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Thread: Canada census and orbituaries

  1. #1

    Canada census and orbituaries

    I am the process of sorting out some family members who emmigrated from the Netherlands to Canada and/or Michigan.

    Unfortunaly I run into a wall after they left the Netherlands. They left somewhere in the 1920's and I hoped I can look into the census, however this is a paid service at ancestry.com and as I already pay for myheritage I'm not taking another service.

    Is ancestry.com the only way to look at the 1920 census?

  2. #2
    Member kylejustin's Avatar
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    Try familysearch.org. They have the census up to and including 1940.

  3. #3
    Member Sylvia C's Avatar
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    you might want to look at this link from the Canadian government to see if there is anything to help you ..........

    http://www.bac-lac.gc.ca/eng/search/...rs-search.aspx
    My parents at my brother's wedding, March 1952

    Researching Cadd, Schofield, Cottrell in Lancashire, Buckinghamshire; Taylor, Park in Westmorland; Hayhurst in Yorkshire, Westmorland, Lancashire; Hughes, Roberts in Wales.

  4. #4
    Welcome, maartenm!
    You might look for other access to Ancestry - your local public library may have a library access. Also, if you have a Family History Centre near you, they have access to most of Ancestry's databases.

    If you have any clue where they went in Canada - there are very active Genealogy Societies in many parts of Canada. They have, for instance, transcribed BMD information into various books. Unfortunately, they don't have them online - but you may buy them from the GenSoc

    As mentioned previously, familysearch.org is a free site. It has transcriptions (and often images) for all the US censuses, and many of the Canadian. Unfortunately, Canada has only released its censuses up to 1921.

    Finally, FTF members frequently help with research. The T&C does not permit the posting of the names of living persons, but we do use the sensitive research section to exchange more details, and pass names and other specific identifiers via PM.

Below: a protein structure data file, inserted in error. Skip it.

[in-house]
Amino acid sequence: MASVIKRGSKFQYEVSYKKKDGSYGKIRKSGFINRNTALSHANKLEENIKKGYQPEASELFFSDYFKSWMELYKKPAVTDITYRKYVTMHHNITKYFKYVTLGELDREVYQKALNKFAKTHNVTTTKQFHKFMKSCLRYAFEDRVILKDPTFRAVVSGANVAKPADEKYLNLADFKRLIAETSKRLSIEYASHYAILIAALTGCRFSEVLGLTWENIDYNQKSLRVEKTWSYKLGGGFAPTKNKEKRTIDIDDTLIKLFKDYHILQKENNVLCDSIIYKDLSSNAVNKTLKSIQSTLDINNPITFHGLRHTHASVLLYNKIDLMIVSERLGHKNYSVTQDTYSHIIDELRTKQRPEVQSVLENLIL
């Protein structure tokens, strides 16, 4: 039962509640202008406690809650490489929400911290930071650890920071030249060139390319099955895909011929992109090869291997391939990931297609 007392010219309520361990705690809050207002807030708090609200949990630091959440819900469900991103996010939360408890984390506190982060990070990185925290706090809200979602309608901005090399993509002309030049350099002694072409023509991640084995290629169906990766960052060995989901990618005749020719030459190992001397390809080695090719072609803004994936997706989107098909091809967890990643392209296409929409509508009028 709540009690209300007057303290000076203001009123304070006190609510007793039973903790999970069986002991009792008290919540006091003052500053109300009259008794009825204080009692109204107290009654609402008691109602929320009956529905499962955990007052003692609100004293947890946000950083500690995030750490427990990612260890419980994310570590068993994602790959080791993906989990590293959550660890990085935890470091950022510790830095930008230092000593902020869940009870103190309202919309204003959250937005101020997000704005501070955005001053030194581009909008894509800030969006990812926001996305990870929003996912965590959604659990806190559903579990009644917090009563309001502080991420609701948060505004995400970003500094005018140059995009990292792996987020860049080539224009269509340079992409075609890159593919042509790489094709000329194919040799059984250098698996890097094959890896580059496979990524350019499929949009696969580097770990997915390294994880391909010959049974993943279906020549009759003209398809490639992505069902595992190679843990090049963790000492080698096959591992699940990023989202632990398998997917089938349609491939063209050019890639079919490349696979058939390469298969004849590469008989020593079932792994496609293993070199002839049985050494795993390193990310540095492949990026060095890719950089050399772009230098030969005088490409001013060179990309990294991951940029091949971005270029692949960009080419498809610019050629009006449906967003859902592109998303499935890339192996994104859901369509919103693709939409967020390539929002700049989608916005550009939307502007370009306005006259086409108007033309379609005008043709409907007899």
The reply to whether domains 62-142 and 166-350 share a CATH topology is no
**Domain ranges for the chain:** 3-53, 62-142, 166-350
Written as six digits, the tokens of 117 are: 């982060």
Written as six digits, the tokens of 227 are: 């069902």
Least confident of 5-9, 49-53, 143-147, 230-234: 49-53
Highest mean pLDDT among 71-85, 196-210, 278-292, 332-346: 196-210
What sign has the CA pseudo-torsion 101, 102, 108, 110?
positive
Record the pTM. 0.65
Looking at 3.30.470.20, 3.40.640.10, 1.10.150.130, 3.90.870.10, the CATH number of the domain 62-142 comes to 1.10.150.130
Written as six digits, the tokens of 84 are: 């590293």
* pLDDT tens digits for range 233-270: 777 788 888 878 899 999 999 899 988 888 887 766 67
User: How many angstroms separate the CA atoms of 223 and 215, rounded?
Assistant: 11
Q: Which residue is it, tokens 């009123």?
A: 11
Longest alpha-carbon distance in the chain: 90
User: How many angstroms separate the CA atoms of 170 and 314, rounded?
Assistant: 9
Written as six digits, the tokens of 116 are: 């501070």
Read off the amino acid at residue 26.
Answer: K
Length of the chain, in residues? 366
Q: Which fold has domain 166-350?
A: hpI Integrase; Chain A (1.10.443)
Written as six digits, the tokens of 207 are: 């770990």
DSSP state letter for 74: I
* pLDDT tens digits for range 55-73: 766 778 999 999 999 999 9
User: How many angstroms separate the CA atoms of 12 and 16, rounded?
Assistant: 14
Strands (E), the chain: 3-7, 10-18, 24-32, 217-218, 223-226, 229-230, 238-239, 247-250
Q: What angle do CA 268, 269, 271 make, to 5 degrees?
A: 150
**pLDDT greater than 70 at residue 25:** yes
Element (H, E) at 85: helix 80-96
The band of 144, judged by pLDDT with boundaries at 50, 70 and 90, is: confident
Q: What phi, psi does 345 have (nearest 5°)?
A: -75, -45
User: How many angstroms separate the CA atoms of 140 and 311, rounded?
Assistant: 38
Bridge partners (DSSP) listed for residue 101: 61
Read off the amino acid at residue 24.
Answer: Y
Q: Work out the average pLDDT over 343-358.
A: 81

Last edited by PhotoFamily; 15-08-17 at 04:14.

  5. #5
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    I'm not sure if it will help, but you could also try looking through Cyndi's List for a list of Canadian resources.
    https://www.cyndislist.com/canada
    Jenny

  6. #6
    Thank you for your anwers. I have noticed doing ancestry in Canada is much harder than it is in the Netherlands.

    I have found one of the two families I am looking for in the immigrationlist from Ellis Island. As so much Dutchmen they moved to Illinois and from there to Michigan. I found them on the 1940's census, but it is difficult to find something after the 1940's. Are there any other census-like lists from after the 40's?

    The other family I am unsure wether they moved to the US or to Canada. The head of the family died in Sioux Lookout in 1943, but I am not sure if they lived there. When I search on his and his wife name only one hit shows up on ancestry.com. I have searched on death/grave registers in Ontario, but nothing shows up.

    It also doesn't help they have such a generic Dutch name.

  7. #7
    Quote Originally Posted by PhotoFamily View Post
    You might look for other access to Ancestry - your local public library may have a library access. Also, if you have a Family History Centre near you, they have access to most of Ancestry's databases.
    I tried this, but they don't have access.

    Somehow it looks to me myheritage is mostly used in Europe and ancestry.com in the US. Wouldn't it be great if they worked together?

  8. #8
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    I could well be wrong, but living in Michigan, I would have thought the most likely Province to move to in Canada would be Ontario, which is next door. You could try contacting the Ontario Genealogical Society to see if they can assist you. It looks as if they have some cemetery records, which might help.
    https://www.ogs.on.ca/
    Jenny

  9. #9
    US censuses are only released thru 1940 (there's a 72 year privacy moratorium).

    Ancestry has a lot of the Michigan BMD records, but I don't know the most recent year that they have.

    Newspapers, with their various announcements (obits, marriage, births), often provide detail - both for the more distant past and for the more recent.

    You could start a thread with the info of those who are not living - maybe we can find something for you.

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